APPEAL – appeal against Local Court decision against dismissal of five court attendance notices – appeal upheld – failure to give adequate reasons – whether his Honour erred in excluding disputed evidence – whether his Honour erred in dismissing 5 court attendance notices – residential centres – power of entry – construction of s 25 of the Youth and Community Services Act 1973 – exclusion of the disputed evidence – orders – costs
EVIDENCE – admissibility – discretionary exclusion of evidence
8 The foregoing general positions of, respectively, the Crown and the accused having been established, application was made for a series of hearings on the voir dire to the end of testing the admissibility in the Crown case at trial of various pieces of evidence. Voir dire hearings were granted accordingly, and all of them were dealt with by way of documentary evidence. In all, sixteen separate such hearings were conducted. Eleven of those hearings concerned evidence which the Crown seeks to have admitted as tendency evidence; a further four hearings concerned hearsay evidence which the Crown seeks to have admitted as relationship evidence; and one hearing concerned admissions made by the accused to investigating police.
INTELLECTUAL PROPERTY – copyright – whether respondent infringed applicants’ copyright in plans and houses containing an “alfresco quadrant” – subsistence and ownership of copyright conceded – whether the alfresco quadrant a substantial part of the applicants’ works – whether the alfresco quadrant was reproduced in any of the respondent’s works – whether the respondent’s works were independently created – differences in detail and dimension, but overall arrangement of spaces in applicants’ and respondent’s alfresco quadrants was substantially similar – respondent’s designers had access to, and made use of and/or copied, the applicants’ works – infringement claims established.
EVIDENCE – whether survey evidence is admissible – whether exception to the hearsay rule applies – whether discretion should be exercised to exclude survey evidence – non-compliance with Practice Note 11.
JUDGMENTS AND ORDERS – Construction of court orders – Use of extrinsic material – Need for certainty – Relevance of prejudice where alleged uncertainty minor – Applicability of criminal procedure to contempt proceedings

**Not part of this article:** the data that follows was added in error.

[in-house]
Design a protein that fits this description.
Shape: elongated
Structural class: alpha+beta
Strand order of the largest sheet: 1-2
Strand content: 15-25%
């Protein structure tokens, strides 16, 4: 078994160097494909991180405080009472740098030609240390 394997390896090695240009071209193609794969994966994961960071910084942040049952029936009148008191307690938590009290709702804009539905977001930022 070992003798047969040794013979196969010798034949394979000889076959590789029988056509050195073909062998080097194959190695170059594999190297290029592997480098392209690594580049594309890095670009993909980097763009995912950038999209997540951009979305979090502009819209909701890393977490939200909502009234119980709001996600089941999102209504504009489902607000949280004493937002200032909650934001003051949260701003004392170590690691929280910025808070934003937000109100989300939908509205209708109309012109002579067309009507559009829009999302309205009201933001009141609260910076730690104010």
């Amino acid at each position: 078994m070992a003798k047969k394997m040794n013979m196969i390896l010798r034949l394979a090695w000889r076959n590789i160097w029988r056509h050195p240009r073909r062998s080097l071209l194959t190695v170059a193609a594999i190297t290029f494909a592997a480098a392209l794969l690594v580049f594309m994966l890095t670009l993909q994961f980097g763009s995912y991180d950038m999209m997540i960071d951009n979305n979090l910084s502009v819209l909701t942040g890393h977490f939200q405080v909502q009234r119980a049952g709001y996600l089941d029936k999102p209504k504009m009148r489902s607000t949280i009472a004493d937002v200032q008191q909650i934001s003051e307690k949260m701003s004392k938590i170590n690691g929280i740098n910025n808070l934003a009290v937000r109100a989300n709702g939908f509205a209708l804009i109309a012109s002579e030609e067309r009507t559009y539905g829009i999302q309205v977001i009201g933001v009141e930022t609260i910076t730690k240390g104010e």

EVIDENCE – Exclusion of evidence improperly obtained – Conversations with persons encountered on premises during execution of search warrant – Whether improperly obtained – Whether inadmissible as hearsay – Whether admissible as statement of intention – Cross-examination of officer of company on return of subpoena to company – Whether part of evidence in the proceedings.
CRIMINAL LAW – murder – appeal against conviction – circumstantial evidence case – whether certain specified intermediate facts essential – trial judge’s directions erroneous but favourable to accused – open to jury to convict on evidence, but not in accordance with trial judge’s directions – irregularity such as to constitute miscarriage of justice – appeal allowed – new trial or judgment of acquittal
CRIMINAL LAW – murder – indictment – single count – crown case put on alternative basis
EVIDENCE – murder trial – hearsay – evidence of relationship between accused and deceased.
Criminal law – application for leave to appeal against conviction – knowingly importing a commercial quantity of cocaine – wrongful exclusion of evidence – relevance and admissibility of evidence – appeal dismissed.
Criminal Law – murder – appeal against conviction – admissibility of evidence – evidence of relationship – whether evidence constituted propensity evidence that should have been excluded – meaning and scope of “propensity evidence” – whether evidence of oral representation by the deceased that the accused administered a drug to her some days before her murder is admissible as an exception to the hearsay rule – whether deceased’s oral statements made shortly after the asserted fact – whether deceased’s representation made in circumstances that make it unlikely that the representation is a fabrication – whether deceased’s representation made in circumstances that make it highly probable that the representation is reliable – whether similar representation recorded by the deceased in her diary is admissible as an exception to the hearsay rule – whether directions to the jury on the use of relationship evidence adequate.